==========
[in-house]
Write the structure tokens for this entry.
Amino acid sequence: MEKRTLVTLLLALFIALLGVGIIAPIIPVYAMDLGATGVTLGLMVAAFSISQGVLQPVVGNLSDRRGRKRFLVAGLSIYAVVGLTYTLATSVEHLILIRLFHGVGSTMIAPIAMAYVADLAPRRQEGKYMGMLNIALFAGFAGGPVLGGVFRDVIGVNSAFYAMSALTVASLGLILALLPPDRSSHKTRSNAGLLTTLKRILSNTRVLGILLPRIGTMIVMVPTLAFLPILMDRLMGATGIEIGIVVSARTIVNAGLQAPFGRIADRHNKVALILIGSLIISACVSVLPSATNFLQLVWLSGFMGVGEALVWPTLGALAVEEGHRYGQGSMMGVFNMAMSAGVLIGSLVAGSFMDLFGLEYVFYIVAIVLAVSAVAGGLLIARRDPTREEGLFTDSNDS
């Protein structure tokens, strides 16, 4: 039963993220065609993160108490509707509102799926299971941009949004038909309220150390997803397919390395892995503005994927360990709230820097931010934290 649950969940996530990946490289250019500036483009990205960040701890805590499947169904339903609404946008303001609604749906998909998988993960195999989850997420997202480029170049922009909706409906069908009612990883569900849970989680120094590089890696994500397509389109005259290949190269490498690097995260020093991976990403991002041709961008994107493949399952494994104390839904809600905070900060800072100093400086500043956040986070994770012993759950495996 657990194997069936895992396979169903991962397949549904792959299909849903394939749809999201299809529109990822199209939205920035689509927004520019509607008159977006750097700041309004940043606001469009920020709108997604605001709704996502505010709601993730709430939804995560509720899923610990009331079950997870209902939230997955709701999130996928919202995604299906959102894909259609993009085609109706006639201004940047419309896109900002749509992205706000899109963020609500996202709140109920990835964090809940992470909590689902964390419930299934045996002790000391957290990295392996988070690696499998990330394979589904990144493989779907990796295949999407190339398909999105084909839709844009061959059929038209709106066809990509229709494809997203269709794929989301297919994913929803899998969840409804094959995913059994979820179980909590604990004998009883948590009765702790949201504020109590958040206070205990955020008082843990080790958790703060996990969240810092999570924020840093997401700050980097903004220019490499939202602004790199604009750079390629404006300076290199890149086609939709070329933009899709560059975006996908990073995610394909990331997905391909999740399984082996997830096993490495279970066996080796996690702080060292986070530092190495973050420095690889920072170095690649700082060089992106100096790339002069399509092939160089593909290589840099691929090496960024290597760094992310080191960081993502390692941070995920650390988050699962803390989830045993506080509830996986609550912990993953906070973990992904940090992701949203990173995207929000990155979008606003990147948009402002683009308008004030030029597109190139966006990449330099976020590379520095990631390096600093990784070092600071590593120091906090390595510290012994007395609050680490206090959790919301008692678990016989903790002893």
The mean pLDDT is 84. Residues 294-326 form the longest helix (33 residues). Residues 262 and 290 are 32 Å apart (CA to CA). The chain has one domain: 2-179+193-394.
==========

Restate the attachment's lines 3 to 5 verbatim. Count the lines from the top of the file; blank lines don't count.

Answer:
Amino acid sequence: MEKRTLVTLLLALFIALLGVGIIAPIIPVYAMDLGATGVTLGLMVAAFSISQGVLQPVVGNLSDRRGRKRFLVAGLSIYAVVGLTYTLATSVEHLILIRLFHGVGSTMIAPIAMAYVADLAPRRQEGKYMGMLNIALFAGFAGGPVLGGVFRDVIGVNSAFYAMSALTVASLGLILALLPPDRSSHKTRSNAGLLTTLKRILSNTRVLGILLPRIGTMIVMVPTLAFLPILMDRLMGATGIEIGIVVSARTIVNAGLQAPFGRIADRHNKVALILIGSLIISACVSVLPSATNFLQLVWLSGFMGVGEALVWPTLGALAVEEGHRYGQGSMMGVFNMAMSAGVLIGSLVAGSFMDLFGLEYVFYIVAIVLAVSAVAGGLLIARRDPTREEGLFTDSNDS
């Protein structure tokens, strides 16, 4: 039963993220065609993160108490509707509102799926299971941009949004038909309220150390997803397919390395892995503005994927360990709230820097931010934290 649950969940996530990946490289250019500036483009990205960040701890805590499947169904339903609404946008303001609604749906998909998988993960195999989850997420997202480029170049922009909706409906069908009612990883569900849970989680120094590089890696994500397509389109005259290949190269490498690097995260020093991976990403991002041709961008994107493949399952494994104390839904809600905070900060800072100093400086500043956040986070994770012993759950495996 657990194997069936895992396979169903991962397949549904792959299909849903394939749809999201299809529109990822199209939205920035689509927004520019509607008159977006750097700041309004940043606001469009920020709108997604605001709704996502505010709601993730709430939804995560509720899923610990009331079950997870209902939230997955709701999130996928919202995604299906959102894909259609993009085609109706006639201004940047419309896109900002749509992205706000899109963020609500996202709140109920990835964090809940992470909590689902964390419930299934045996002790000391957290990295392996988070690696499998990330394979589904990144493989779907990796295949999407190339398909999105084909839709844009061959059929038209709106066809990509229709494809997203269709794929989301297919994913929803899998969840409804094959995913059994979820179980909590604990004998009883948590009765702790949201504020109590958040206070205990955020008082843990080790958790703060996990969240810092999570924020840093997401700050980097903004220019490499939202602004790199604009750079390629404006300076290199890149086609939709070329933009899709560059975006996908990073995610394909990331997905391909999740399984082996997830096993490495279970066996080796996690702080060292986070530092190495973050420095690889920072170095690649700082060089992106100096790339002069399509092939160089593909290589840099691929090496960024290597760094992310080191960081993502390692941070995920650390988050699962803390989830045993506080509830996986609550912990993953906070973990992904940090992701949203990173995207929000990155979008606003990147948009402002683009308008004030030029597109190139966006990449330099976020590379520095990631390096600093990784070092600071590593120091906090390595510290012994007395609050680490206090959790919301008692678990016989903790002893």
The mean pLDDT is 84. Residues 294-326 form the longest helix (33 residues). Residues 262 and 290 are 32 Å apart (CA to CA). The chain has one domain: 2-179+193-394.